Mt. Greylock & Bascom Lodge September 22, 2005

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      [Ed: Imported from Americas Roof ‘Summit Trip Reports’ forum]
      [By: George Fisher on September 25 2005 at 10:53 AM]

      Norman Rockwell, Herman Melville, James Taylor, Stockbridge, Tanglewood … Massachusetts’s Berkshire Mountains have long been a cradle of American culture; there are some wild areas, too, albeit rather smaller than in previous centuries.

      Mt. Greylock sits at the northern end of the Berkshires along the Appalachian Trail just 10 miles or so south of Vermont. It is the centerpiece of Mt. Greylock State Reservation, a lovely area comprising some 12,000 acres surrounding four peaks which are forested in some parts by original growth timber.

      Be sure to stop at the Visitor’s Center at the bottom of the hill just off Route 7. It’s very nicely done, containing among other things a marvelous scale relief map of the area, and the people are exceptionally helpful. If you can, make a reservation to stay at the Bascom Lodge, which is a rustic but accommodating hiker’s refuge at the summit (on a Thursday after Labor Day, I was the only guest, but the staff were expecting a full house come Friday).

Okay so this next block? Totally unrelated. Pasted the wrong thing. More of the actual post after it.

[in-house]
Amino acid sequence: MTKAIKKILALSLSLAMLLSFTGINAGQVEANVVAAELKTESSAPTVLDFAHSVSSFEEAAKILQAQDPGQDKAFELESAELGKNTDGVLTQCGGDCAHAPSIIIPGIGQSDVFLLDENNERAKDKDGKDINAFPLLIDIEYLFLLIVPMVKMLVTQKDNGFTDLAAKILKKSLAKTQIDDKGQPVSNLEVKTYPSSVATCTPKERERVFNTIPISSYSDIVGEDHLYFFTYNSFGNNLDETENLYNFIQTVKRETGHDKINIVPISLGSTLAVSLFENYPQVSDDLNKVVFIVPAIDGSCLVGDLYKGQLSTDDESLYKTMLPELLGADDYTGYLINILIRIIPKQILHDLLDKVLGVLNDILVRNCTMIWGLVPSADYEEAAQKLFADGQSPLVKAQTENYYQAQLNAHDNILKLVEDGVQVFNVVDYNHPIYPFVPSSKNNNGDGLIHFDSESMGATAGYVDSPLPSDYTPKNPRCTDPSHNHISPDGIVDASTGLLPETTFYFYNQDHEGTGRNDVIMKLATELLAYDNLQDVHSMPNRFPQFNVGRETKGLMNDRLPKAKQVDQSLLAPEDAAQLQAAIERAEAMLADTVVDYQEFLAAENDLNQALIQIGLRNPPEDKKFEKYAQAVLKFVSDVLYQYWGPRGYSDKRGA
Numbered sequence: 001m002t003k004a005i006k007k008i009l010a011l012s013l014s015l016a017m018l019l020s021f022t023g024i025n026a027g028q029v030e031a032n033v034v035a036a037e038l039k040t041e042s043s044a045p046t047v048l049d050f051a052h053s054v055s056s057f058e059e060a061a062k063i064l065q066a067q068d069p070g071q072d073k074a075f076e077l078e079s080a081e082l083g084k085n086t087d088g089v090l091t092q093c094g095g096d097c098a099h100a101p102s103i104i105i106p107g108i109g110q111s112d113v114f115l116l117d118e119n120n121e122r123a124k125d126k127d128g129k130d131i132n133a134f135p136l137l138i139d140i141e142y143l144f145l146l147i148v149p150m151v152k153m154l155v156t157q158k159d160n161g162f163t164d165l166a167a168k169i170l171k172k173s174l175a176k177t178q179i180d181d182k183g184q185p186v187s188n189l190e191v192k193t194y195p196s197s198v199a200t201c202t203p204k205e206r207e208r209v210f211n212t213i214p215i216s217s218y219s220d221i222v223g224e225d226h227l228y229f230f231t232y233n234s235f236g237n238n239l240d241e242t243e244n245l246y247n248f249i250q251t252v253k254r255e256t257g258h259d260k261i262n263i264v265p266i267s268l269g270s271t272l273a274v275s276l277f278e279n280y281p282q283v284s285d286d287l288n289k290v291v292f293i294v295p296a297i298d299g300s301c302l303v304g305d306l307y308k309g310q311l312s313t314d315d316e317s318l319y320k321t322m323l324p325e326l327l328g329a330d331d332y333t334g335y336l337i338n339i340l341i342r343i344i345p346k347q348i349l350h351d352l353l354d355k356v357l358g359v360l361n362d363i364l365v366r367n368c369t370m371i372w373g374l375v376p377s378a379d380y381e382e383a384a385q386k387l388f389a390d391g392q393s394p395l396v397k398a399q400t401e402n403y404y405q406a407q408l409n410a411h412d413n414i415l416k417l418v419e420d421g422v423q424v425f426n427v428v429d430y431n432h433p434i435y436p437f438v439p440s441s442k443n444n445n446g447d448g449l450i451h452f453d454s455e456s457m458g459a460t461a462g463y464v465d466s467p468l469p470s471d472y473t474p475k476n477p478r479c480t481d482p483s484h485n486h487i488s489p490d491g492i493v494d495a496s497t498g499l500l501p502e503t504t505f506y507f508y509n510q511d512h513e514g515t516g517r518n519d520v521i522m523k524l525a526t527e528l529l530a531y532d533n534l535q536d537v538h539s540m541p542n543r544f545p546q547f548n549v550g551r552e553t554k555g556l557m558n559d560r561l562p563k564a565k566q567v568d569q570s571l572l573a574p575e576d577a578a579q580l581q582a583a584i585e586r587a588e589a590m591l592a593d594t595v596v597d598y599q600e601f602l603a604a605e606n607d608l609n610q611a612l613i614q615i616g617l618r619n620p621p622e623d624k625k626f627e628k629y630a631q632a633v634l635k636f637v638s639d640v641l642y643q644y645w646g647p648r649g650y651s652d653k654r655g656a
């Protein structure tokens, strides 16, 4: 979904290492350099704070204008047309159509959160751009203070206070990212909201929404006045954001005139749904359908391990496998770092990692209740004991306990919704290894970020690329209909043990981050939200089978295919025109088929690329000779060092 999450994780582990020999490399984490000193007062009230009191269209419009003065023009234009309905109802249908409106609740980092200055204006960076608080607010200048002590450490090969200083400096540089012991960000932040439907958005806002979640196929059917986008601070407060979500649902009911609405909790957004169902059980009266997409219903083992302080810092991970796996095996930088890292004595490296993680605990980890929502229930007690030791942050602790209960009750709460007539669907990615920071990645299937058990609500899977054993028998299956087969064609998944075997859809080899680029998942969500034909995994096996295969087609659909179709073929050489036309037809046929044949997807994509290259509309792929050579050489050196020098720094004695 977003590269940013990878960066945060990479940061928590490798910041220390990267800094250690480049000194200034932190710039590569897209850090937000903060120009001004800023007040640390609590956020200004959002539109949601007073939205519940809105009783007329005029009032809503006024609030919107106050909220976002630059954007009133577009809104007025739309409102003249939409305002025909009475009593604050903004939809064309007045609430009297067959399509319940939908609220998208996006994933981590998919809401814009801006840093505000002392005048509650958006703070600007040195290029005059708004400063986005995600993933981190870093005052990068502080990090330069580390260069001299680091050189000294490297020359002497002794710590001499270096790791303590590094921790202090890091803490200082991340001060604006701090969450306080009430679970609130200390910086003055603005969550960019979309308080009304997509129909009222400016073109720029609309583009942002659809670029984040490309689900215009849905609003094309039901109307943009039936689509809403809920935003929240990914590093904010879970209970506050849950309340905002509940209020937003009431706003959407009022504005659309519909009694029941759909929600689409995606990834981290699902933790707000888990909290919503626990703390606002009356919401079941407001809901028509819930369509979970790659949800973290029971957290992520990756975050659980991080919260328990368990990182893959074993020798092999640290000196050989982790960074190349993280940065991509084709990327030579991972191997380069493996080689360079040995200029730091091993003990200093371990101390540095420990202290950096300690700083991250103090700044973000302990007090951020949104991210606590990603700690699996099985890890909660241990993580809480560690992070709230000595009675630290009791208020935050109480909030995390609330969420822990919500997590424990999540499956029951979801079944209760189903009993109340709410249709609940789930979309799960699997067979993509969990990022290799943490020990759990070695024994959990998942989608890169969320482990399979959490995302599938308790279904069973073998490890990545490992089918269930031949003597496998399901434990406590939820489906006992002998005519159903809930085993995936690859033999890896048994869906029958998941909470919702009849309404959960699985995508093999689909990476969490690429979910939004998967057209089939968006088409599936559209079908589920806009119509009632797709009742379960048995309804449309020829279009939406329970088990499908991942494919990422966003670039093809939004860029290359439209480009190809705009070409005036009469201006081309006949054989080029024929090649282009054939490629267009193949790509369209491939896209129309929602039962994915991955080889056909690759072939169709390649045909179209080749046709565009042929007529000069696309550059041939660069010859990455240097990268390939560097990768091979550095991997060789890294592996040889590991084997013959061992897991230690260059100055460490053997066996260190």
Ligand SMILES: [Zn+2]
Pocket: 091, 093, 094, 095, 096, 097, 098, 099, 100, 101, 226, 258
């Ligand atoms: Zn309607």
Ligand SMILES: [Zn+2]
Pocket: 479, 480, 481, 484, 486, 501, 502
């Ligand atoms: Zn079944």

Built in 1937 by the CCC, this log and stone building sleeps 37 in bunk beds and has room in the dining room to feed many more (lots and lots of Appalachian Trail hikers stop every season): everyday for breakfast and dinner at 8AM and 6PM sharp; family style, come hungry.

      Lit from dawn to dusk (and bright), the Veterans War Memorial Tower is a displaced lighthouse that was intended for Boston but now sits at the Greylock summit; obviously out of place, it grows on you as the sun sets. A steep but short climb up a circular metal stairway takes you to a lookout just below the light that gives you a view in one direction of New York’s Catskills and Adirondacks, and of various ranges of Massachusetts, Vermont and (perhaps) New Hampshire in another.

      Bide a wee and hike the well-marked and well-maintained trails around the mountain (being conscious of deer ticks and Lyme Disease … long pants are probably preferable whatever the weather).

      A beautiful spot when the weather’s fair, with a sweet piney smell at the top and deciduous forest a bit lower. I listened to Chickadees and Blue Jays as I hiked along, and surprised a Turkey as I turned a corner, on the first day of Autumn 2005. The next day was foul and cold at the top, so I was lucky to have had the good weather when I did.

      Directions to Mt. Greylock from the Mass Pike, I-90
      Take I-90 to Exit 2
      Take Rt 20 to Lee, MA
      Pause in Lee. It’s a great example of a little New England town.
      Continue on to Rt 7 North
      In Pittsfield, be careful: the town square is at the intersection of a number of roads and if you’re not careful, you’ll leave town on something other than Rt 7, which would be an error (although not a fatal one, the countryside is nice, but you could go a long way out of your way)
      Past Pittsfield, in the town of Lanesboro, on the right you will see a brown sign for Mt. Greylock. Take this road to the Visitor’s Center.

      George Fisher

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